Opinion: Cyclists speak out

Special to KT by Michael Napiorkowski and Maayke Schurer, Ottawa Bicycle Lanes Project

Dear 2014 Municipal Candidates,

As many are aware, the Ottawa Bicycle Lanes Project launched a petition this past year regarding the need for protected bicycle lane networks that directly link the main urban districts of Ottawa (a #minimumgrid). The growing response has been immensely encouraging as we now have 1,709 signatures to share with you as election day approaches. We hope this petition reveals the rapidly changing transportation needs of our city, as well as the associated infrastructure expectations and needs of the residents who live here.

If anything, this project is revealing that all-season everyday bicycling is a norm for many in Ottawa, and through our extensive community outreach, we’ve come to learn that the desire to ride bicycles for practical everyday needs extends far and wide and the number is increasing fast. Residents clearly want to be able to use their bicycles as a fast, efficient, healthy and cheap transportation option. Despite this, too many are currently discouraged from following through because they do not feel comfortable or safe without adequate bicycle infrastructure. We keep hearing the call for protected bicycle lanes, and not simply on periphery routes. People want to be a part of their city and move around by other means than the car. One must also consider transportation equity and the high cost of designing our cities solely around the highly expensive automobile. Many who can’t afford to own a motor vehicle or simply wish not to, are left at a transportation disadvantage because cheaper modes of transport are always an afterthought. Needless to say, protected bicycle lane networks would be a huge step forward in closing this gap.

With its new leadership, the City of Ottawa is in a very good position to initiate a major modal shift towards more sustainable transportation by prioritizing investments in practical urban protected bicycle lane networks. On this note, although we appreciate the current “complete streets” strategy, we feel the long timeline for implementation and absence of complete streets as networks falls short of the real demand. Waiting many years for road reconstruction on a street-by-street basis is not an appropriate response to the currently impractical and dangerous system. The City needs to take a more aggressive approach by using cheap temporary materials (paint with flexi-posts, planters, turtle bumps, etc.) in the interim, while more permanent solutions are considered. This approach will be a long-term benefit in two ways:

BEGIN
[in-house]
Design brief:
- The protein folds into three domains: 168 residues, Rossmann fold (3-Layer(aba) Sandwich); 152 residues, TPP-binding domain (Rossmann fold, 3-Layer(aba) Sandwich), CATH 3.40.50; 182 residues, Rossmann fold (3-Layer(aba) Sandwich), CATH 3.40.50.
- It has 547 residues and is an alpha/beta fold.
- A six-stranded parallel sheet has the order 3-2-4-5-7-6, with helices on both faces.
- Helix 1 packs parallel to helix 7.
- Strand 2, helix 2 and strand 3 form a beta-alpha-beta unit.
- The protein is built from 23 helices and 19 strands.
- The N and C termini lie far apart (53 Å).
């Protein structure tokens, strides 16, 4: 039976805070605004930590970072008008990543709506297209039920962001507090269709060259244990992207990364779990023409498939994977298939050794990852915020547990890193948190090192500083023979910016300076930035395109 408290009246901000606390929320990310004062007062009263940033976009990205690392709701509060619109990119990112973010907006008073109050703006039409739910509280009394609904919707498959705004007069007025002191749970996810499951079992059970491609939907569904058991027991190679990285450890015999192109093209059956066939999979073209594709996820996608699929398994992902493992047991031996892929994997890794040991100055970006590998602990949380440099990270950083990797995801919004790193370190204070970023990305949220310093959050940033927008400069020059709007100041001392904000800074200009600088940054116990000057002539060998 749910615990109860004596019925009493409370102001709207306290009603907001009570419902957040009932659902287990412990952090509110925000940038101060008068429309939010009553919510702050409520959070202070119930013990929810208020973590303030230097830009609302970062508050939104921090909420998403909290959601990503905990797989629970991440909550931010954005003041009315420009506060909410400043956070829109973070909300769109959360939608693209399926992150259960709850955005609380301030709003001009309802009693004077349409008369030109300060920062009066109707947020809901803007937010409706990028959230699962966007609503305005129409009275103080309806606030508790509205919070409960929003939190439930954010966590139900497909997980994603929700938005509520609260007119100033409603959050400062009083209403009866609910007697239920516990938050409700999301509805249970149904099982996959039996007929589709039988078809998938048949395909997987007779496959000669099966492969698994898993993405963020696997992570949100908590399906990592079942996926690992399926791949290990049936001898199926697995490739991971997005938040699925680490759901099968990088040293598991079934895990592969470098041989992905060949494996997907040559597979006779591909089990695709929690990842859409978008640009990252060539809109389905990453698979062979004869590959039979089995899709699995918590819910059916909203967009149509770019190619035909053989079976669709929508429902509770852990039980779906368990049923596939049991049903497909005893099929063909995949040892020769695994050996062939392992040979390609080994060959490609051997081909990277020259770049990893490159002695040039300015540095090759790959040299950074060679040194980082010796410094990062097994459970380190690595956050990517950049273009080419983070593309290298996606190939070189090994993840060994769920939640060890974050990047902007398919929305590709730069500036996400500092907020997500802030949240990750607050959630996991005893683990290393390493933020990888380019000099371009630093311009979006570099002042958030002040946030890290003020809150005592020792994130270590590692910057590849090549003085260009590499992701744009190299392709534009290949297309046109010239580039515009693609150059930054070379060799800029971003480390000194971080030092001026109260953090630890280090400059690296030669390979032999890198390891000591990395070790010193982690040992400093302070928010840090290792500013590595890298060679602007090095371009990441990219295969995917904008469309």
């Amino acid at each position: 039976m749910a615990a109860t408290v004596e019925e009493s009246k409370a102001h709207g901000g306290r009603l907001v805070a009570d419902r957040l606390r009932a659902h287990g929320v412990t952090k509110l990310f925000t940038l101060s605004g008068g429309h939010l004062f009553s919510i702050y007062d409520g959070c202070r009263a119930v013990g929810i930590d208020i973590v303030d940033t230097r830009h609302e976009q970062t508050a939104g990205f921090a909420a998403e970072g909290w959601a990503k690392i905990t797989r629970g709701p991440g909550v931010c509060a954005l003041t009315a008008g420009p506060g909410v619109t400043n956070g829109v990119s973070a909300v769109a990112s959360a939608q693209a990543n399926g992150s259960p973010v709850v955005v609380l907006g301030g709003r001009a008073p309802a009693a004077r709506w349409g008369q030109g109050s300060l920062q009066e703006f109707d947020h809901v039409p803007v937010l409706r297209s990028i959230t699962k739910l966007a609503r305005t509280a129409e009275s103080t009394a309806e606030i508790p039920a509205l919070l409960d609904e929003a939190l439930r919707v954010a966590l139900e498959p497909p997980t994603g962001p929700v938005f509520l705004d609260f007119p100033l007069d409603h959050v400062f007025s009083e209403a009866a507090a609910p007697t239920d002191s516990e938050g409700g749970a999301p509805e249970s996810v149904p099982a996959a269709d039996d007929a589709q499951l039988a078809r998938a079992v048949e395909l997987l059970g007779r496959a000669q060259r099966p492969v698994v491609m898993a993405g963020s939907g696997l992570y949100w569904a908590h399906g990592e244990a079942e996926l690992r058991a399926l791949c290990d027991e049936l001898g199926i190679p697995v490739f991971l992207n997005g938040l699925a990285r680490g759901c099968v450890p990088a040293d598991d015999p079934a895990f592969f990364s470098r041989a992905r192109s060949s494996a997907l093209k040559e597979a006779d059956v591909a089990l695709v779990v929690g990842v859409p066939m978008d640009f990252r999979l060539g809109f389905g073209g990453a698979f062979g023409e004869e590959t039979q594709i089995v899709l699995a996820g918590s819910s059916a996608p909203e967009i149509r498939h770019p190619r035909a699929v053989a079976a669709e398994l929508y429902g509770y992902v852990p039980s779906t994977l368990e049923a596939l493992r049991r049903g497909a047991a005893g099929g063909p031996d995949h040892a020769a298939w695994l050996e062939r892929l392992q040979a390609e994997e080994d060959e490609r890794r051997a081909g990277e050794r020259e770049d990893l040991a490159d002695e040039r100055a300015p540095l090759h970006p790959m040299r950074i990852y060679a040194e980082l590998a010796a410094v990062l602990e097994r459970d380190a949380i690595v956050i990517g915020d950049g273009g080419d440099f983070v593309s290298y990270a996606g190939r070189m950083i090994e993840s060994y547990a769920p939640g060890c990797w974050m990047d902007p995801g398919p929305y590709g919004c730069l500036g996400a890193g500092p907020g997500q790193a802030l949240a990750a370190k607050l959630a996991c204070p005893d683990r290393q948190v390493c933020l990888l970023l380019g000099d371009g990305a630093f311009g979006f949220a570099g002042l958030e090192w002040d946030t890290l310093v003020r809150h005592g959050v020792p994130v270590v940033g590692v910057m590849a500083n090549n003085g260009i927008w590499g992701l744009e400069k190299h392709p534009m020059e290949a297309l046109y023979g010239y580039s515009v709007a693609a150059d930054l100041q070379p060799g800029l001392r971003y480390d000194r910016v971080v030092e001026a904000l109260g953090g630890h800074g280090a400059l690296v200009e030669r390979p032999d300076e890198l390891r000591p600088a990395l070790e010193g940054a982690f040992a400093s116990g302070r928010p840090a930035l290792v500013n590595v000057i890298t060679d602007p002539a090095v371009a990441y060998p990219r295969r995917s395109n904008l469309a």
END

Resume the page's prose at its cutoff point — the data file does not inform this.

1. Immediately establish safe and functional networks as pilots to inform long-term decisions
  2. Ridership will increase dramatically, which in turn will continue to help build the momentum towards permanent solutions.

Also, by fast tracking a temporary protected network now, the city would be providing immediate options to offset the traffic woes of years of LRT construction. With so many other North American cities already taking such extraordinary action, it simply makes sense to move forward on such a strategy now. For example, see Calgary’s urban protected bicycle network for 2015.

As a grassroots organization, we would like to extend our hand in helping the City of Ottawa establish this much-needed urban bicycle network, and are willing to help in any way we can. We hope that the new mayor and council will have the courage and leadership to take such positive and necessary action in building a more liveable Ottawa with streets that truly support all road users and encourage even more to shift towards sustainable transportation.



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